New Hires: How Employers Can Find The Right Person For The Job0
The hiring process can be a long, tedious one for both employers and potential hires, and for many, it can be a frustrating one as well. Finding the right person for the job who also has a great work ethic and availability sometimes seems impossible, but for most companies, it’s imperative in order to keep standards high and turnover low.
Fortunately, there are several things you can do during the onboarding process to help things go smoothly and narrow down the field a bit. You’ll want to place an emphasis on the long-term goals of the job rather than focusing on the day-to-day tasks, in part so you can ascertain which applicants are willing to go the extra mile, but also to see what sort of ideas they have in regards to the future of the company and their role in it.
Whether you work with a large corporation or own a small business, here are some of the best tips on how to do just that.
Find out their long-term goals
Talk to your applicant about their long-term goals; where do they see themselves in five or ten years? Opening up the conversation about where they want to be in the foreseeable future will allow you to suss out whether they’re right for the job.
It’s also important to talk about the long-term goals of the position itself. While you’ll want to take into consideration which specific skills the applicant has, you need to also look into the future a bit to see the big picture. Don’t focus solely on the day-to-day tasks; rather, take into consideration whether the individual has what it takes to lead the position to success.
“Achieving goals is often about making tradeoffs when things don’t go as planned. Employees need to understand the bigger picture to make those tradeoffs when things go wrong,” says Professor Linda Hill of Harvard Business School.
A great example would be if you were to hire a contractor; of course you want assurance that he or she can do all the individual tasks the job requires, but the long-term goals are of concern, as well. What sort of milestones can he or she set within the job, and what is the timeline for those? How will any problems be handled should they arise? Will they be able and willing to work with others to achieve their goal? There are many questions involved during the hiring process; you can find out more in regards to finding the right contractor for the job here.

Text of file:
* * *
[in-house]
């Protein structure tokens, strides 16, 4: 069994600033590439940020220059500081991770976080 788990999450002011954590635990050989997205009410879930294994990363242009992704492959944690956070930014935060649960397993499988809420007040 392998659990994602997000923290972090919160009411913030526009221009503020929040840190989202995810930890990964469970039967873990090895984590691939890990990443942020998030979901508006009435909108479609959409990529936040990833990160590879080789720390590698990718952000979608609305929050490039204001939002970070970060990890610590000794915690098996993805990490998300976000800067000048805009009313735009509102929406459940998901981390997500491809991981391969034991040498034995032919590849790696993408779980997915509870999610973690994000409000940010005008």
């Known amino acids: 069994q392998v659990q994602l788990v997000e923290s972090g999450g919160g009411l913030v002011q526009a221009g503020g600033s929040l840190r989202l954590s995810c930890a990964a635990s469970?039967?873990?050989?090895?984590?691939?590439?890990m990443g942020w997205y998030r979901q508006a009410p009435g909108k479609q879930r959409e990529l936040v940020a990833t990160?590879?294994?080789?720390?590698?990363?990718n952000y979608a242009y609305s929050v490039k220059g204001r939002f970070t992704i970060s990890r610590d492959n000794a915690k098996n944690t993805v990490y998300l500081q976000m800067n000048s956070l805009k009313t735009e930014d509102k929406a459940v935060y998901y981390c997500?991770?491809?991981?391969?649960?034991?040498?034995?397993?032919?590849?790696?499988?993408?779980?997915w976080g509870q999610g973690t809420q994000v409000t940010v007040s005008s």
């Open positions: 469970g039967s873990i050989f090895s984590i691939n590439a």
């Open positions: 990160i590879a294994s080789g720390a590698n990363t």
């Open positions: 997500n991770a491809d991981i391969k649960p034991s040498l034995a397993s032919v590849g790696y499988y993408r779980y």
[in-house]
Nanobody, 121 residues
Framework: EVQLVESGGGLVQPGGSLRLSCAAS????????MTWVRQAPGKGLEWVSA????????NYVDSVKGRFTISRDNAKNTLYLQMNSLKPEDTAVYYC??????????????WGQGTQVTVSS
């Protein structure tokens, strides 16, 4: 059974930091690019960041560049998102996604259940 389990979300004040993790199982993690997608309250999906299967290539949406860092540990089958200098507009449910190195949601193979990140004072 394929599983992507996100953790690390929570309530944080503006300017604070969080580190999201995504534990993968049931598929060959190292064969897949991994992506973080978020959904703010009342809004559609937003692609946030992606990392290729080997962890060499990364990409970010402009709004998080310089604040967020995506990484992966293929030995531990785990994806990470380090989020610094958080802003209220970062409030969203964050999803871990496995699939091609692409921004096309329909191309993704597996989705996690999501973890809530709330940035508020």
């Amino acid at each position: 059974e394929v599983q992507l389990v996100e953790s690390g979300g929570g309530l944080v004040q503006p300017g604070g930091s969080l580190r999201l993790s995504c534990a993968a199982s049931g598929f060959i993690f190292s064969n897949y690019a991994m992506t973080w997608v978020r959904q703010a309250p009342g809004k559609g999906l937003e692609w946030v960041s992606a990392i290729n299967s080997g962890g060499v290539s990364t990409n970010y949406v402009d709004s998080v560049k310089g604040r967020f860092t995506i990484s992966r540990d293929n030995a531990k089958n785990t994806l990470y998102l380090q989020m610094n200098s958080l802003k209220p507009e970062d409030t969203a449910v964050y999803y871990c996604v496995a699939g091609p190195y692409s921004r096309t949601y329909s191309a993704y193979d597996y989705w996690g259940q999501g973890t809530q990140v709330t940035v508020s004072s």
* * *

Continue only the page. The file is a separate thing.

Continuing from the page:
In short, you can train just about anyone to perform most tasks, but it takes a special person to fit all the requirements of a position with long-term goals.
One of the best ways you can make the hiring process go smoothly is to ensure you’re as specific as possible when it’s time to write out the job description, especially if you’re posting it online for candidates to read before applying. Studies have shown that when companies give a specific job listing and include what they can do for the employee–rather than the other way around–they attract a higher number of positively-rated applicants than the companies that list their needs and demands.
Consider the applicant’s other skills
While it’s certainly attractive to potential employers when an applicant has all the necessary skills for the job at hand, it’s important not to forget about the other skillsets: social, emotional, and the ability to communicate. After all, a person with experience in the field may be terrible with clients because he can’t put them at ease, while an individual without much training but great interpersonal skills can be taught how to perform day-to-day tasks easily.
Remember that the hiring process can be overwhelming at times and can lead to stress, so try not to take too much onto yourself. Ask for help when you need it to avoid becoming burnt out, and when all else fails, try a new tactic during the hiring process.